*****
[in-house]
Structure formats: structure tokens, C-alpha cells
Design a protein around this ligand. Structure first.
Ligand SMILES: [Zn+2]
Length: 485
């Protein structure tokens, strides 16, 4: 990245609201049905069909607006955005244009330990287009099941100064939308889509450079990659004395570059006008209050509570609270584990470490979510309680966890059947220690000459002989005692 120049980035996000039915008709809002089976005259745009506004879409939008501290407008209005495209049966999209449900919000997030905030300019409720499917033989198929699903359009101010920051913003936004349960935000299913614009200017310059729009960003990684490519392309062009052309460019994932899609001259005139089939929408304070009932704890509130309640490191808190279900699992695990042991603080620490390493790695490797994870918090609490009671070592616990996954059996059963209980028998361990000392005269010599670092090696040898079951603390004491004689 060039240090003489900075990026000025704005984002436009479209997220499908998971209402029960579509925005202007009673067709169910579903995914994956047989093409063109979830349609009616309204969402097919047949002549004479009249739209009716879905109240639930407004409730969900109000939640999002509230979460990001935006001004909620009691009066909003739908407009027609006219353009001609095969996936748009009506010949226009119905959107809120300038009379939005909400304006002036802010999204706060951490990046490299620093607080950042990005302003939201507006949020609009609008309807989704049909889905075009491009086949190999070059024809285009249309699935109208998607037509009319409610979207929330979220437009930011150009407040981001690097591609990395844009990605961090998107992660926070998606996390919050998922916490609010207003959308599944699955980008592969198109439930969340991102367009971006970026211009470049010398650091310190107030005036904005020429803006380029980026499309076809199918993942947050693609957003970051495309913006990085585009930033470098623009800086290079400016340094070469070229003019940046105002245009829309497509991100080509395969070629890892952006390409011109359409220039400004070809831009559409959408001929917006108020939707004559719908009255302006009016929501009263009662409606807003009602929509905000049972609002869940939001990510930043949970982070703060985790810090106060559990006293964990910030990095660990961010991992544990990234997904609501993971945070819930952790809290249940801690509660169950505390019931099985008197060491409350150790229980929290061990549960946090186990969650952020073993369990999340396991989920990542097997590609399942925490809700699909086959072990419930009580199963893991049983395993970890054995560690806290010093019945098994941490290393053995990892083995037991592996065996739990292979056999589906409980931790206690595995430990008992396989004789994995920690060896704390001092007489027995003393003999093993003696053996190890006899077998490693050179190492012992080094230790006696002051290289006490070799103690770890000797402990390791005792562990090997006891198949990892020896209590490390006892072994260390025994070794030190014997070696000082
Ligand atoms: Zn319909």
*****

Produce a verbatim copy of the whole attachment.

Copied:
[in-house]
Structure formats: structure tokens, C-alpha cells
Design a protein around this ligand. Structure first.
Ligand SMILES: [Zn+2]
Length: 485
């Protein structure tokens, strides 16, 4: 990245609201049905069909607006955005244009330990287009099941100064939308889509450079990659004395570059006008209050509570609270584990470490979510309680966890059947220690000459002989005692 120049980035996000039915008709809002089976005259745009506004879409939008501290407008209005495209049966999209449900919000997030905030300019409720499917033989198929699903359009101010920051913003936004349960935000299913614009200017310059729009960003990684490519392309062009052309460019994932899609001259005139089939929408304070009932704890509130309640490191808190279900699992695990042991603080620490390493790695490797994870918090609490009671070592616990996954059996059963209980028998361990000392005269010599670092090696040898079951603390004491004689 060039240090003489900075990026000025704005984002436009479209997220499908998971209402029960579509925005202007009673067709169910579903995914994956047989093409063109979830349609009616309204969402097919047949002549004479009249739209009716879905109240639930407004409730969900109000939640999002509230979460990001935006001004909620009691009066909003739908407009027609006219353009001609095969996936748009009506010949226009119905959107809120300038009379939005909400304006002036802010999204706060951490990046490299620093607080950042990005302003939201507006949020609009609008309807989704049909889905075009491009086949190999070059024809285009249309699935109208998607037509009319409610979207929330979220437009930011150009407040981001690097591609990395844009990605961090998107992660926070998606996390919050998922916490609010207003959308599944699955980008592969198109439930969340991102367009971006970026211009470049010398650091310190107030005036904005020429803006380029980026499309076809199918993942947050693609957003970051495309913006990085585009930033470098623009800086290079400016340094070469070229003019940046105002245009829309497509991100080509395969070629890892952006390409011109359409220039400004070809831009559409959408001929917006108020939707004559719908009255302006009016929501009263009662409606807003009602929509905000049972609002869940939001990510930043949970982070703060985790810090106060559990006293964990910030990095660990961010991992544990990234997904609501993971945070819930952790809290249940801690509660169950505390019931099985008197060491409350150790229980929290061990549960946090186990969650952020073993369990999340396991989920990542097997590609399942925490809700699909086959072990419930009580199963893991049983395993970890054995560690806290010093019945098994941490290393053995990892083995037991592996065996739990292979056999589906409980931790206690595995430990008992396989004789994995920690060896704390001092007489027995003393003999093993003696053996190890006899077998490693050179190492012992080094230790006696002051290289006490070799103690770890000797402990390791005792562990090997006891198949990892020896209590490390006892072994260390025994070794030190014997070696000082
Ligand atoms: Zn319909």